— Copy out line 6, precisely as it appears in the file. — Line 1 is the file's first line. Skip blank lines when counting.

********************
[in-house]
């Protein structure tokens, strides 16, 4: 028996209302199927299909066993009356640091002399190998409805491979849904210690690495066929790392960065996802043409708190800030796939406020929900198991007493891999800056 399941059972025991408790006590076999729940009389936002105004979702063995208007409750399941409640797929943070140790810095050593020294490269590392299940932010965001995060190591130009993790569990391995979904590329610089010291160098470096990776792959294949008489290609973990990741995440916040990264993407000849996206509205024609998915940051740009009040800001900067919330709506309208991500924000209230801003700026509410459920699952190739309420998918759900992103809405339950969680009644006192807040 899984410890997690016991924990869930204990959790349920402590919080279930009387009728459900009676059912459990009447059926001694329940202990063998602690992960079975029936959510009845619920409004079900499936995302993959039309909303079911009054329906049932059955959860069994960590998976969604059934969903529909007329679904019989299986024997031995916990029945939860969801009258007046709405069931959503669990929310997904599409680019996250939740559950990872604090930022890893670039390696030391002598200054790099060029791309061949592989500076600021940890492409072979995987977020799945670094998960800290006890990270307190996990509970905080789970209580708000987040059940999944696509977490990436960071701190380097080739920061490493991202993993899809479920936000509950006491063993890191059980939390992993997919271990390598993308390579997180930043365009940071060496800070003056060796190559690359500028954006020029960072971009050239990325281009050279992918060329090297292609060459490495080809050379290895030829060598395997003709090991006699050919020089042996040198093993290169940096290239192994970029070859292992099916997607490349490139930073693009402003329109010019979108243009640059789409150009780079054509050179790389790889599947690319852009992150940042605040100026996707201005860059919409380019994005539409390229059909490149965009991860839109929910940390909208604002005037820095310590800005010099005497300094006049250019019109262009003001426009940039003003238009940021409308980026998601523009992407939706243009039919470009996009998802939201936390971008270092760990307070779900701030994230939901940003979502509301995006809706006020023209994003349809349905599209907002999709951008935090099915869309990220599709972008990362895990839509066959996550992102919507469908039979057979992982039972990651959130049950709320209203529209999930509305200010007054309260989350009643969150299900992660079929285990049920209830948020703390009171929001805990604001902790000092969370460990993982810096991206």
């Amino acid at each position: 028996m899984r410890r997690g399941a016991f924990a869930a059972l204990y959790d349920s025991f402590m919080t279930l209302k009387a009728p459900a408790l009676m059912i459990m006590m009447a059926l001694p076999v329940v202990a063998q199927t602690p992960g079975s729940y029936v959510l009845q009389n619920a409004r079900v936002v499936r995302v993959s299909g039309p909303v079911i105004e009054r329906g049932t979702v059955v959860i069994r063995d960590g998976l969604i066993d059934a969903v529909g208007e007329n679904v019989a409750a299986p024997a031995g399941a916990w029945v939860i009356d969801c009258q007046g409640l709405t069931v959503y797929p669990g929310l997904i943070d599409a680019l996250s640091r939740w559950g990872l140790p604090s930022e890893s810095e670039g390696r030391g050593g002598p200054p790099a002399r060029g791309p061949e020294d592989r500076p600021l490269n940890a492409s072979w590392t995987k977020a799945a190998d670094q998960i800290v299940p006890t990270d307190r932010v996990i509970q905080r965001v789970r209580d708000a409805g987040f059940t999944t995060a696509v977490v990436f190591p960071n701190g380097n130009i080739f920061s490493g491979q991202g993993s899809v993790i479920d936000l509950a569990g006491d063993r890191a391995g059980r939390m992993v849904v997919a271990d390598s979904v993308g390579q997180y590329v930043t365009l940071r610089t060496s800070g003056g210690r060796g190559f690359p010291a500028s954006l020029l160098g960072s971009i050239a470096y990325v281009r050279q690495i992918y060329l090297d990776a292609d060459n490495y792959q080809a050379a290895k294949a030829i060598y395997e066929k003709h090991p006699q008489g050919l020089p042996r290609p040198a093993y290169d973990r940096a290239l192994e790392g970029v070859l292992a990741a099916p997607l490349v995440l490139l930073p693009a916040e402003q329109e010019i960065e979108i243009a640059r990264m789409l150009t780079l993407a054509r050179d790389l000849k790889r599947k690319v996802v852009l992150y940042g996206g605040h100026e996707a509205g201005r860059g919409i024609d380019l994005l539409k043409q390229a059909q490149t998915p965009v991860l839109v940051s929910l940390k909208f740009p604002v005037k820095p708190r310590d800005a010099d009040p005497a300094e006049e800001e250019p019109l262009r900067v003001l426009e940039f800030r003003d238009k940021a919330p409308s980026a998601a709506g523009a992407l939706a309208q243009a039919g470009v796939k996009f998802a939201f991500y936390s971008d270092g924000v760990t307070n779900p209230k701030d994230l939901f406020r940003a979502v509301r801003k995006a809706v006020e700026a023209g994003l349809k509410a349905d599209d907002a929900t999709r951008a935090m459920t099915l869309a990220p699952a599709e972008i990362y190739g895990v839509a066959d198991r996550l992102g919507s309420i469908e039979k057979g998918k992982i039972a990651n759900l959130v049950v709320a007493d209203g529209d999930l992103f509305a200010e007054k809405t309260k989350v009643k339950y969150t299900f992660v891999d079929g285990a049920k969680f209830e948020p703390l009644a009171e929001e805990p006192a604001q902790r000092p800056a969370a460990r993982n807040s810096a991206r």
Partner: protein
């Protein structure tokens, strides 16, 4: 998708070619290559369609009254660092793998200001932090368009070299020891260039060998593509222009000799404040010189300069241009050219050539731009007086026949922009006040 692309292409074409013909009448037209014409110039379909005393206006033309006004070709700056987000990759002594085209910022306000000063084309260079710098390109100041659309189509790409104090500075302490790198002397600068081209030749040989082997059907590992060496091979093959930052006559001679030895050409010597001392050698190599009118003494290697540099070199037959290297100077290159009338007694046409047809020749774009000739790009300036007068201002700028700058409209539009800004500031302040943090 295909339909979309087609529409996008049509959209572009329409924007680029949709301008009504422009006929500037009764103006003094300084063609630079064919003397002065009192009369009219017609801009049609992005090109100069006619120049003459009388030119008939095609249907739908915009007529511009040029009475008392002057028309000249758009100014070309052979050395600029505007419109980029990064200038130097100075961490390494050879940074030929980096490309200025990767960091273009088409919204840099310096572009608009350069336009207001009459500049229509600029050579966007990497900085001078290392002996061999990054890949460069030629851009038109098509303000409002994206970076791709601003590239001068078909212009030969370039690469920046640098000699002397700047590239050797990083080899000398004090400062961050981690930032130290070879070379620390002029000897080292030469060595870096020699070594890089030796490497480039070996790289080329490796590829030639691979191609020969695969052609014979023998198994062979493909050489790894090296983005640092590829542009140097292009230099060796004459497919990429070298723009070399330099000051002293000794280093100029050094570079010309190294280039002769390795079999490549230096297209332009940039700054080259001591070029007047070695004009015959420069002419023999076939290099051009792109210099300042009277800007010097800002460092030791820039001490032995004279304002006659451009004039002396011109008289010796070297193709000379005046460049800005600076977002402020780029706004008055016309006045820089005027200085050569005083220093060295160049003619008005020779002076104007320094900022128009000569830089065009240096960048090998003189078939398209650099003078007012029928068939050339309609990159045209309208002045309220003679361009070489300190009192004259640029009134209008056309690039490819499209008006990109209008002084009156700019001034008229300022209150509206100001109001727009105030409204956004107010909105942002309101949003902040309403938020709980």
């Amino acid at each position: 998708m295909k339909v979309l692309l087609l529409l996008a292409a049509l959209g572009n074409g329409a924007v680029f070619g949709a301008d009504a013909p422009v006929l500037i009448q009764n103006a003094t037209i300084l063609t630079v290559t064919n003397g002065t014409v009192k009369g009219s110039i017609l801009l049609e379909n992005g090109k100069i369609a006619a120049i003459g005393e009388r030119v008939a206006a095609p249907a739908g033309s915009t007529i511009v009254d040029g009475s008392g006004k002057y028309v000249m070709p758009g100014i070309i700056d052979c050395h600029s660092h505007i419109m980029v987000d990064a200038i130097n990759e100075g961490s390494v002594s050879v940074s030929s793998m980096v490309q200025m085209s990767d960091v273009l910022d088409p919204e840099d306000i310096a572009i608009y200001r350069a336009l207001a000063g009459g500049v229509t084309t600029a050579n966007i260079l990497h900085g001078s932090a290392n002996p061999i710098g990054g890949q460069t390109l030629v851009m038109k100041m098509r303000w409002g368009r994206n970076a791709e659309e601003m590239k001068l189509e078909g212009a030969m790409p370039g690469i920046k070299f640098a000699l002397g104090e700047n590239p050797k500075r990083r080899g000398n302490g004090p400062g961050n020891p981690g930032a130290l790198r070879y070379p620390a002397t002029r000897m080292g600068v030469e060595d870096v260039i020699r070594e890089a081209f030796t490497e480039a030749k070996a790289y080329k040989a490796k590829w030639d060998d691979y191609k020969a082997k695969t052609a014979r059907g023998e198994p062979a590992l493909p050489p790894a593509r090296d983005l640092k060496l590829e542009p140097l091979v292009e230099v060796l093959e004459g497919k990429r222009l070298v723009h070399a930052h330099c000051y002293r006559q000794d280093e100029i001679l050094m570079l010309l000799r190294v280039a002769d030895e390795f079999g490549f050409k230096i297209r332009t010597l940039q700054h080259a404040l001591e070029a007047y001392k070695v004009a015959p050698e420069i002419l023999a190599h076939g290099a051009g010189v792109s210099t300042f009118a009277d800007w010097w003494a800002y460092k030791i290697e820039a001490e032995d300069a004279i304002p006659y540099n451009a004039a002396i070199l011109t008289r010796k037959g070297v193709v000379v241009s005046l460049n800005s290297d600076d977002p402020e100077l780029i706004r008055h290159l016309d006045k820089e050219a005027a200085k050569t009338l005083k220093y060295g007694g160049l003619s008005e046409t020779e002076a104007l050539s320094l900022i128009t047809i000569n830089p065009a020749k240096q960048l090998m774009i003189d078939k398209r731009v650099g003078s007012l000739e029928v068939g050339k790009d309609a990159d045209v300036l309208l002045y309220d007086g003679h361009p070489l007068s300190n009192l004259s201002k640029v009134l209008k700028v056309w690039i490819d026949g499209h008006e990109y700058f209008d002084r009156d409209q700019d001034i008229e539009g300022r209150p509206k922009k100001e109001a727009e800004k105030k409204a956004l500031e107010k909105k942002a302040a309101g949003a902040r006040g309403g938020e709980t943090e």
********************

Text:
């Amino acid at each position: 998708m295909k339909v979309l692309l087609l529409l996008a292409a049509l959209g572009n074409g329409a924007v680029f070619g949709a301008d009504a013909p422009v006929l500037i009448q009764n103006a003094t037209i300084l063609t630079v290559t064919n003397g002065t014409v009192k009369g009219s110039i017609l801009l049609e379909n992005g090109k100069i369609a006619a120049i003459g005393e009388r030119v008939a206006a095609p249907a739908g033309s915009t007529i511009v009254d040029g009475s008392g006004k002057y028309v000249m070709p758009g100014i070309i700056d052979c050395h600029s660092h505007i419109m980029v987000d990064a200038i130097n990759e100075g961490s390494v002594s050879v940074s030929s793998m980096v490309q200025m085209s990767d960091v273009l910022d088409p919204e840099d306000i310096a572009i608009y200001r350069a336009l207001a000063g009459g500049v229509t084309t600029a050579n966007i260079l990497h900085g001078s932090a290392n002996p061999i710098g990054g890949q460069t390109l030629v851009m038109k100041m098509r303000w409002g368009r994206n970076a791709e659309e601003m590239k001068l189509e078909g212009a030969m790409p370039g690469i920046k070299f640098a000699l002397g104090e700047n590239p050797k500075r990083r080899g000398n302490g004090p400062g961050n020891p981690g930032a130290l790198r070879y070379p620390a002397t002029r000897m080292g600068v030469e060595d870096v260039i020699r070594e890089a081209f030796t490497e480039a030749k070996a790289y080329k040989a490796k590829w030639d060998d691979y191609k020969a082997k695969t052609a014979r059907g023998e198994p062979a590992l493909p050489p790894a593509r090296d983005l640092k060496l590829e542009p140097l091979v292009e230099v060796l093959e004459g497919k990429r222009l070298v723009h070399a930052h330099c000051y002293r006559q000794d280093e100029i001679l050094m570079l010309l000799r190294v280039a002769d030895e390795f079999g490549f050409k230096i297209r332009t010597l940039q700054h080259a404040l001591e070029a007047y001392k070695v004009a015959p050698e420069i002419l023999a190599h076939g290099a051009g010189v792109s210099t300042f009118a009277d800007w010097w003494a800002y460092k030791i290697e820039a001490e032995d300069a004279i304002p006659y540099n451009a004039a002396i070199l011109t008289r010796k037959g070297v193709v000379v241009s005046l460049n800005s290297d600076d977002p402020e100077l780029i706004r008055h290159l016309d006045k820089e050219a005027a200085k050569t009338l005083k220093y060295g007694g160049l003619s008005e046409t020779e002076a104007l050539s320094l900022i128009t047809i000569n830089p065009a020749k240096q960048l090998m774009i003189d078939k398209r731009v650099g003078s007012l000739e029928v068939g050339k790009d309609a990159d045209v300036l309208l002045y309220d007086g003679h361009p070489l007068s300190n009192l004259s201002k640029v009134l209008k700028v056309w690039i490819d026949g499209h008006e990109y700058f209008d002084r009156d409209q700019d001034i008229e539009g300022r209150p509206k922009k100001e109001a727009e800004k105030k409204a956004l500031e107010k909105k942002a302040a309101g949003a902040r006040g309403g938020e709980t943090e």